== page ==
At this point, Drescher added the fact that the game, because it has so many different forms of gameplay (ORvR, scenarios, PvE, etc), it becomes a kind of balancing act where you have to return to all of the systems and make sure that they are “vibrant and fresh” and provide incentives for players to enjoy all of the content. He was also quick to point out that sometimes, it’s hard to keep everything at the level you’d like, all the time.
“Philosophically,” he said, “we believe that the right way to encourage players to focus their attention on something we feel is being under-utilized is to incentivise that part of the game. You give them a reason to want to be there that isn’t punishing them by making it less effective to play in a scenario or do quests. You always want to be giving them a positive reason to be engaging the different parts of the game. We understood that you’re always going to have to be making changes to something that is as exciting and unpredictable as the RvR experience. No matter how much attention you pay to those systems prior to launch, there is no way to fully predict how your game is going to behave in the wild after launch. So we were completely prepared in terms of the structure of the team and the ideas that we had in the queue to respond to whatever way that content breakdown happened to go after launch and as it happens, the scenarios were wildly successful and the Open RvR content, while very enjoyable and something players were really into, we felt that it was not getting the attention that it deserved for the quality of experience that it potentially offered.”
Some people feel that scenarios are drawing people away from open RvR. Why haven’t you guys tried reducing scenarios instead of trying to bring more incentives to Open RvR?
The answer that I got to this question revolved around the idea of nerfing or not nerfing the systems. They didn’t want to nerf the scenario system, because that’s going to cause a problem for people who enjoy that particular play style. It’s much better to give as many high-quality options as possible.
Skalski jumped in at that point and said: “Another thing we’re doing is looking into why players love the scenarios so much and trying to figure out what elements of that we can introduce into open field RvR that won’t break the real core experience of ORvR.”
They want to preserve the mystery of not knowing what you’re going to run into when you enter ORvR (20vs 20, 40 vs 40, 10 vs 3, etc) while at the same time providing some predictability in terms of what you’re going to get.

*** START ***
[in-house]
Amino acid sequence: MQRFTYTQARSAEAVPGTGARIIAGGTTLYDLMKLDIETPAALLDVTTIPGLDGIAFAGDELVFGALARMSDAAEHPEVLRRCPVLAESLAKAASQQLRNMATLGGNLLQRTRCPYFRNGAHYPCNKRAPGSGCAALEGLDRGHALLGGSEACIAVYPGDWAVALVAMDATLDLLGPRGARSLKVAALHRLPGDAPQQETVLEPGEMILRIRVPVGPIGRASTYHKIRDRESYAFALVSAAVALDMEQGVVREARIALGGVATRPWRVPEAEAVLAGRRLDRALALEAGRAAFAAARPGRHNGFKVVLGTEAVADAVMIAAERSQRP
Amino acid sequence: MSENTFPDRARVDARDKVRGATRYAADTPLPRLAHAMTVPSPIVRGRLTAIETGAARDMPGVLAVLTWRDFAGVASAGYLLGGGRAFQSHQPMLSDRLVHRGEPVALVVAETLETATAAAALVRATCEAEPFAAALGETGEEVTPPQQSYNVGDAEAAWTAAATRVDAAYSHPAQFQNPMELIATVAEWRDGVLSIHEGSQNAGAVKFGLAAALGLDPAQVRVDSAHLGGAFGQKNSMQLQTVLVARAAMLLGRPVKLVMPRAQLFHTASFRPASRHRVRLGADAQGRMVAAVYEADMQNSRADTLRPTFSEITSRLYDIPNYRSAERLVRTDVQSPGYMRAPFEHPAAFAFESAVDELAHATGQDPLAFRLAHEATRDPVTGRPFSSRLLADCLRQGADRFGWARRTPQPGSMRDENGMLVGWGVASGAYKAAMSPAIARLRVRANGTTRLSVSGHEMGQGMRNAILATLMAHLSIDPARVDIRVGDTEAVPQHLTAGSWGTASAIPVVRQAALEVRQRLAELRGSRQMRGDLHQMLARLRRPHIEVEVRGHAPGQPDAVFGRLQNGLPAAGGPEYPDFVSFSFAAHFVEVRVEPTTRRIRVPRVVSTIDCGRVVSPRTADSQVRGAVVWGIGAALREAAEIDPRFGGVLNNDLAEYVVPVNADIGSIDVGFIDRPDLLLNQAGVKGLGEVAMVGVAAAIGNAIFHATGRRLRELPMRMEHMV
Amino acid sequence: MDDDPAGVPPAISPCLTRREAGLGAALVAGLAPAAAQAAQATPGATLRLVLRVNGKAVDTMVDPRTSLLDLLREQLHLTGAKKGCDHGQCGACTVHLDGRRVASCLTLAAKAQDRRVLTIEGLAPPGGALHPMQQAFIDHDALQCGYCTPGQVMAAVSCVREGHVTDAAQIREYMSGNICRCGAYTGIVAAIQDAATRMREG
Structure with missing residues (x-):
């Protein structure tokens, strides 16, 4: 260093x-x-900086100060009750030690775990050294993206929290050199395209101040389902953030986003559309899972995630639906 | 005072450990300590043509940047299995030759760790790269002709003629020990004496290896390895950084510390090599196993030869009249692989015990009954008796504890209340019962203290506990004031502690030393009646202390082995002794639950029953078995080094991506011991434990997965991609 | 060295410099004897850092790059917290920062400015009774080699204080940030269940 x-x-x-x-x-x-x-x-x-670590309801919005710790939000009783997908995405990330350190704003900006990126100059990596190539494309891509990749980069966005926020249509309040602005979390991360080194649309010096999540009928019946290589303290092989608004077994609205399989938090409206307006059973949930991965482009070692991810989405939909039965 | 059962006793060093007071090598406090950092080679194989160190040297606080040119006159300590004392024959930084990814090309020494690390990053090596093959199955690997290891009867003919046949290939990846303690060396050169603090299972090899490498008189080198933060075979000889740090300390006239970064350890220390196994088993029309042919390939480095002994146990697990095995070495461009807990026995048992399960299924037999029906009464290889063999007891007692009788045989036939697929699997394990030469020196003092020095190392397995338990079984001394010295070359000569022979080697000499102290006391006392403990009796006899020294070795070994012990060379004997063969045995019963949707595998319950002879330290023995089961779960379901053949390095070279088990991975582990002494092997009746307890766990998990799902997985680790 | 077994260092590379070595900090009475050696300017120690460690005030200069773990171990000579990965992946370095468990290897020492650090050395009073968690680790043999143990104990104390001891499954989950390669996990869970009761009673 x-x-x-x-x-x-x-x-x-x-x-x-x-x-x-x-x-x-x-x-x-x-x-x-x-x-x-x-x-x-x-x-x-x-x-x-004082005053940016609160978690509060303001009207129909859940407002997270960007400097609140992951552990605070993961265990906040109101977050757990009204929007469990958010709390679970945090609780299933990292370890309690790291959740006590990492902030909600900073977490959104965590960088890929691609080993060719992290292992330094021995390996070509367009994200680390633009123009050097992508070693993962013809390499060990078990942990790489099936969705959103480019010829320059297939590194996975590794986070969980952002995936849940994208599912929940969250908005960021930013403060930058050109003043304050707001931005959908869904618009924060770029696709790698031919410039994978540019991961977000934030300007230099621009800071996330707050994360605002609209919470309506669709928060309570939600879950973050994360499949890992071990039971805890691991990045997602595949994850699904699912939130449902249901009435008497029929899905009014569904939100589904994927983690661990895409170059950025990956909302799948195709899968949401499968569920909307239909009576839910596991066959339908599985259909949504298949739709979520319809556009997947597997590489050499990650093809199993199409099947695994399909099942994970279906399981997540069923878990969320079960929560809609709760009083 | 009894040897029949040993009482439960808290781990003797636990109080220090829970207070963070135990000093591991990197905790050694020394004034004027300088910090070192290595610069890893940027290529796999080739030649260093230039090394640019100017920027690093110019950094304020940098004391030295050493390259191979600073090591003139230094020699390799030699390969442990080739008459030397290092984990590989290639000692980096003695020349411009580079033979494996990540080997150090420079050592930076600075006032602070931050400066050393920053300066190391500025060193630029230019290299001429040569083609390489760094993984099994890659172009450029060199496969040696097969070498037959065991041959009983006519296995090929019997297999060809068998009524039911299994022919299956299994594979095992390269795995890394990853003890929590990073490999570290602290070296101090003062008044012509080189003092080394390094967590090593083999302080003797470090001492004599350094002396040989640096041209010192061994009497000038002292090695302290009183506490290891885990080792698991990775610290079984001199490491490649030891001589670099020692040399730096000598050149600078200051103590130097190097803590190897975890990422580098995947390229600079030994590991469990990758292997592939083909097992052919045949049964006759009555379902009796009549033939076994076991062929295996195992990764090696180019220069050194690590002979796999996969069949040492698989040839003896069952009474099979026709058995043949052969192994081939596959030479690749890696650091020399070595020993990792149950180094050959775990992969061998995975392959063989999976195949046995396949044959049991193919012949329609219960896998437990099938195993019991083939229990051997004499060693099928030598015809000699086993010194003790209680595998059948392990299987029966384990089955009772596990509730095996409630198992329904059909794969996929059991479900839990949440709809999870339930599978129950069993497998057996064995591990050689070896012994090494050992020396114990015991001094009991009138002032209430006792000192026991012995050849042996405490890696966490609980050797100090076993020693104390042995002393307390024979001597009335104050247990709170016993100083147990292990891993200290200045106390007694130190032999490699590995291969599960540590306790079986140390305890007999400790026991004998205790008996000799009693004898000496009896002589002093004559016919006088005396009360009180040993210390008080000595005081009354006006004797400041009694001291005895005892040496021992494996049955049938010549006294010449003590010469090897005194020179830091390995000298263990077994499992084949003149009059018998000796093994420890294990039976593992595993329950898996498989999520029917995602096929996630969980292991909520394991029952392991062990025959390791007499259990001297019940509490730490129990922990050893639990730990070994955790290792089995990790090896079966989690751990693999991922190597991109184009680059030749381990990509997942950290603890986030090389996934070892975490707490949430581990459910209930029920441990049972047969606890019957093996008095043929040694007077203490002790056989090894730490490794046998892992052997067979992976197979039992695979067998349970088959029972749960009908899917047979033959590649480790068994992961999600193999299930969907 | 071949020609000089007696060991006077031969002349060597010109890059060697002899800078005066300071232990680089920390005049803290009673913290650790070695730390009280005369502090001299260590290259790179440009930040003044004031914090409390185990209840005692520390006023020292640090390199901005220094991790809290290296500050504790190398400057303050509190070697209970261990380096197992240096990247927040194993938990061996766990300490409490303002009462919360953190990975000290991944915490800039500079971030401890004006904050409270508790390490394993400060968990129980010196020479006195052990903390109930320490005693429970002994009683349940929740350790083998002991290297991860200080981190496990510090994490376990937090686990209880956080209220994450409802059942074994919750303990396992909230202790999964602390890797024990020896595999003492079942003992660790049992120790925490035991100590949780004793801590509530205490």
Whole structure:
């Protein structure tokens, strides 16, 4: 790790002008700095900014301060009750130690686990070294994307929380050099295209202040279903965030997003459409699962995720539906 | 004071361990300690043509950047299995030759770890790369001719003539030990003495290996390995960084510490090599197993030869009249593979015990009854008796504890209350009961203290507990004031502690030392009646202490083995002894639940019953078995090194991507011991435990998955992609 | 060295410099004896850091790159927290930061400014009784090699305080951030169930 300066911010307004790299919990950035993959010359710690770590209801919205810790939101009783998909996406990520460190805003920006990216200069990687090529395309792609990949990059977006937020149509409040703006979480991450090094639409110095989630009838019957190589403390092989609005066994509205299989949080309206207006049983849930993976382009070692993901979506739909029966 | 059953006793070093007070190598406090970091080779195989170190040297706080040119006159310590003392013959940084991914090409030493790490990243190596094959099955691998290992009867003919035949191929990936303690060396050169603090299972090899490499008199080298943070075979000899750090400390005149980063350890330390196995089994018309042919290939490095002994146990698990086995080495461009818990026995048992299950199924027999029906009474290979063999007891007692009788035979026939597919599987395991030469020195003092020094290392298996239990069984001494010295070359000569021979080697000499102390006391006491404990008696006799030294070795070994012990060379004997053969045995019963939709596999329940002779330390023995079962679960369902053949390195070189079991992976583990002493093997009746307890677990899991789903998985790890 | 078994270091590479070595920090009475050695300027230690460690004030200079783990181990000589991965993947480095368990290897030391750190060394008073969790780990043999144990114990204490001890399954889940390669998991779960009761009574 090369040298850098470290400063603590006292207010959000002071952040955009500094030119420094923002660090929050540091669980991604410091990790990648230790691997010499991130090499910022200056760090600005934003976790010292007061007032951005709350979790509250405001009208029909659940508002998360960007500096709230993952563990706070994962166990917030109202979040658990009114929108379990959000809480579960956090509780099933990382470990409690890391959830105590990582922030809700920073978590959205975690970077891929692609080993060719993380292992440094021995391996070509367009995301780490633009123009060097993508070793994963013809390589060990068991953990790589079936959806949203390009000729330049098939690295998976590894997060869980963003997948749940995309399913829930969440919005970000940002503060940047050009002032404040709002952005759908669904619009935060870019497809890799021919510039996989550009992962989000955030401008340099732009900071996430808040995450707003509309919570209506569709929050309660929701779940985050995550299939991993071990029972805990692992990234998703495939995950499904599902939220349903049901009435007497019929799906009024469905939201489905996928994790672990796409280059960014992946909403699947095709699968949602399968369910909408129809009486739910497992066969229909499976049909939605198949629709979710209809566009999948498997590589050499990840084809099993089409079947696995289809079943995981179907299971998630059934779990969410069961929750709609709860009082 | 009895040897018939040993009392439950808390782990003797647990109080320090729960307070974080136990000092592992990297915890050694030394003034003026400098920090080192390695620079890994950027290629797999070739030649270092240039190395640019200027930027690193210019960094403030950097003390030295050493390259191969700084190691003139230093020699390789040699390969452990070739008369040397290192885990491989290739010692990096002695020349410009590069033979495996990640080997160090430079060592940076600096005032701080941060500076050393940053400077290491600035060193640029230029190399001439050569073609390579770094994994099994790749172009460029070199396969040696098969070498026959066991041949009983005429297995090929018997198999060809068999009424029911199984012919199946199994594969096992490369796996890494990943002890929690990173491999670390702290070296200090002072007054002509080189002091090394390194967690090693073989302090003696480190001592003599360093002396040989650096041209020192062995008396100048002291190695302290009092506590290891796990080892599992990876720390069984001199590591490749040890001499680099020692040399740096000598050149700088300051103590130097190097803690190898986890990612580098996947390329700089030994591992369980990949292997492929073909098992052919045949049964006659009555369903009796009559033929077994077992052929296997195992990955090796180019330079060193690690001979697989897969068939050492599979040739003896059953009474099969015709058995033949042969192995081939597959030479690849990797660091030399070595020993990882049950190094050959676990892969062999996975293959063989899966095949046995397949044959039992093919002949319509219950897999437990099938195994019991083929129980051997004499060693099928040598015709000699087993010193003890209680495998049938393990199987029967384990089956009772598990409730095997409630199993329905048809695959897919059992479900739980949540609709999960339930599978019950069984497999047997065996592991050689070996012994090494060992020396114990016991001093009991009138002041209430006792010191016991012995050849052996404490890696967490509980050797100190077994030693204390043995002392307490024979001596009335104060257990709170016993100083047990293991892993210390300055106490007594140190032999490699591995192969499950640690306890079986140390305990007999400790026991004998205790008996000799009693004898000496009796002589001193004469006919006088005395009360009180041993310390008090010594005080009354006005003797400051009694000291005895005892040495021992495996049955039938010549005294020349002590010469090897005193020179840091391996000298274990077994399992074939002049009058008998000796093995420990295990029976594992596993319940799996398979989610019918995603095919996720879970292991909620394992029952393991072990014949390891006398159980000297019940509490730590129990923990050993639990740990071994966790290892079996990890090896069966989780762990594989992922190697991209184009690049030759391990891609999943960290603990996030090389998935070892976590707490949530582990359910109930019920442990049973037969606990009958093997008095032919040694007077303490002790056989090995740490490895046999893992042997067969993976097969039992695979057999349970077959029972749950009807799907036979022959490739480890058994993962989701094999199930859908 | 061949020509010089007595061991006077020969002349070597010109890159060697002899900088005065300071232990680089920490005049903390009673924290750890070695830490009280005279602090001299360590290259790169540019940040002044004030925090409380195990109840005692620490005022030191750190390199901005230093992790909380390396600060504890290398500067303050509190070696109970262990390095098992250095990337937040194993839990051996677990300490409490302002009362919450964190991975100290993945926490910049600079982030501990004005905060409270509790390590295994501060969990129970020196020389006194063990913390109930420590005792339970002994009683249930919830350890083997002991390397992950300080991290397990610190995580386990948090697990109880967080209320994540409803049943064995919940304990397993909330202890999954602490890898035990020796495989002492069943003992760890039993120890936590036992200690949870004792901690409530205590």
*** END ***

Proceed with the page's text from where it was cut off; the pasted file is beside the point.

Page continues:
“There are basically two reasons why scenarios are popular, “added Drescher, “and they are two distinct populations of people: You have the people who, for personal reasons, prefer that style of gaming. For those people, we don’t want to take away a part of the game that they enjoy on a fundamental level. If I’m the kind of person who only has half an hour to play each night, I might not feel as attracted to a keep siege that could last an hour or more. I might want to play a couple of scenarios and then go about my business at home. The other group of people, and this is really the group that we’re attempting to target, are the people that under different circumstances, would love to spend more time in open RvR but they are feeling some kind of systemic pressure that drives them into scenarios. Primarily, that comes down to rewards. They feel that the amount of effort and time that you’re putting into it, if you spend an hour in scenarios versus an hour of defending a keep, you’re going to get better loot, better experience, etc. going into the scenarios, so they go into the scenarios. That is why we feel that is was very important to make changes to open field RvR… that made it feel like ‘if I’ve got an hour of gameplay available to be tonight, I am just as likely to be rewarded for playing Open RvR as I am if I play an hour of scenarios.”
“There may come a time,” he continued, “where we decide to do a server that has no scenarios or limited scenarios (we’re not thinking about doing that right now), but we certainly wouldn’t make an across the board change where we go ‘That’s it, we’re taking away scenarios because you people are playing the game the wrong way’. There IS no wrong way to play our game. We want players to feel like everything is equally rewarding, and everything is equally engaging. It’s up to them to choose the right place to go for them at that time and we feel that if we can add that sense of parity, that sense of fairness, that players will disperse themselves through the different content we have in the game in a way that makes more sense.”
It really is difficult to say how these changes will end up affecting the overall game and how ORvR is seen by the players over the long term. That being said, I logged on last night with my T2 character on the Ironfist server to see the changes for myself and ended up walking into a large scale ORvR battle, the likes of which I hadn’t seen in quite some time. So, at least in the short term (and possibly for longer as folks strive to earn those rewards), ORvR seems to have gained the boost that Mythic was looking for.